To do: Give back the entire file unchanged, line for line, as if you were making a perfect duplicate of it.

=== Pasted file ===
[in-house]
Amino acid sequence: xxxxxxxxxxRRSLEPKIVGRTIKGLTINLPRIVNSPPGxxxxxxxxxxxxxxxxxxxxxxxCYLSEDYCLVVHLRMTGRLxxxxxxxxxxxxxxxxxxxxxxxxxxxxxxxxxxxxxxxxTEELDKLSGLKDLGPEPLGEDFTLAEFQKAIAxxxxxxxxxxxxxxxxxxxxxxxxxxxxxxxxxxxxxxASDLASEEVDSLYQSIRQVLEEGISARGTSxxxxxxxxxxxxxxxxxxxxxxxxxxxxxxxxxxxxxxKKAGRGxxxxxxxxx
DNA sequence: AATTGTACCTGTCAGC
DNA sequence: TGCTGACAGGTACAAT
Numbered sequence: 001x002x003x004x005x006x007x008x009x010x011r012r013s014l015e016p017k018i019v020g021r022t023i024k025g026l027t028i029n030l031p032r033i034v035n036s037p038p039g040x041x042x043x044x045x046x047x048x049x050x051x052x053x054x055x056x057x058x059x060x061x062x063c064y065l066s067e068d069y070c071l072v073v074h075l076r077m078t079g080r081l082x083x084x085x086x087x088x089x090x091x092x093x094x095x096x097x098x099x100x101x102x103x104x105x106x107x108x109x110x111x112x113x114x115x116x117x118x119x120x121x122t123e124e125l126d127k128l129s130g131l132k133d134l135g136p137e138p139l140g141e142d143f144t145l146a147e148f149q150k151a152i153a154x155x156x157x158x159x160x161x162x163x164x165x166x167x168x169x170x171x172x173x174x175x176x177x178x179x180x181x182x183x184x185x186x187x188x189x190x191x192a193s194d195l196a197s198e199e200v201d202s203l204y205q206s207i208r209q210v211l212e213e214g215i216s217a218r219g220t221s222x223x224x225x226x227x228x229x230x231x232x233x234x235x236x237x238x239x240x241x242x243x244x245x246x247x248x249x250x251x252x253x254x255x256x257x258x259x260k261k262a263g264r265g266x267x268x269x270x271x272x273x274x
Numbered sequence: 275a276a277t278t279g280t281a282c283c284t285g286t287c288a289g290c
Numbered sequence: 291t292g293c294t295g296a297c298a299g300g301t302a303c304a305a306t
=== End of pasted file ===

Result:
[in-house]
Amino acid sequence: xxxxxxxxxxRRSLEPKIVGRTIKGLTINLPRIVNSPPGxxxxxxxxxxxxxxxxxxxxxxxCYLSEDYCLVVHLRMTGRLxxxxxxxxxxxxxxxxxxxxxxxxxxxxxxxxxxxxxxxxTEELDKLSGLKDLGPEPLGEDFTLAEFQKAIAxxxxxxxxxxxxxxxxxxxxxxxxxxxxxxxxxxxxxxASDLASEEVDSLYQSIRQVLEEGISARGTSxxxxxxxxxxxxxxxxxxxxxxxxxxxxxxxxxxxxxxKKAGRGxxxxxxxxx
DNA sequence: AATTGTACCTGTCAGC
DNA sequence: TGCTGACAGGTACAAT
Numbered sequence: 001x002x003x004x005x006x007x008x009x010x011r012r013s014l015e016p017k018i019v020g021r022t023i024k025g026l027t028i029n030l031p032r033i034v035n036s037p038p039g040x041x042x043x044x045x046x047x048x049x050x051x052x053x054x055x056x057x058x059x060x061x062x063c064y065l066s067e068d069y070c071l072v073v074h075l076r077m078t079g080r081l082x083x084x085x086x087x088x089x090x091x092x093x094x095x096x097x098x099x100x101x102x103x104x105x106x107x108x109x110x111x112x113x114x115x116x117x118x119x120x121x122t123e124e125l126d127k128l129s130g131l132k133d134l135g136p137e138p139l140g141e142d143f144t145l146a147e148f149q150k151a152i153a154x155x156x157x158x159x160x161x162x163x164x165x166x167x168x169x170x171x172x173x174x175x176x177x178x179x180x181x182x183x184x185x186x187x188x189x190x191x192a193s194d195l196a197s198e199e200v201d202s203l204y205q206s207i208r209q210v211l212e213e214g215i216s217a218r219g220t221s222x223x224x225x226x227x228x229x230x231x232x233x234x235x236x237x238x239x240x241x242x243x244x245x246x247x248x249x250x251x252x253x254x255x256x257x258x259x260k261k262a263g264r265g266x267x268x269x270x271x272x273x274x
Numbered sequence: 275a276a277t278t279g280t281a282c283c284t285g286t287c288a289g290c
Numbered sequence: 291t292g293c294t295g296a297c298a299g300g301t302a303c304a305a306t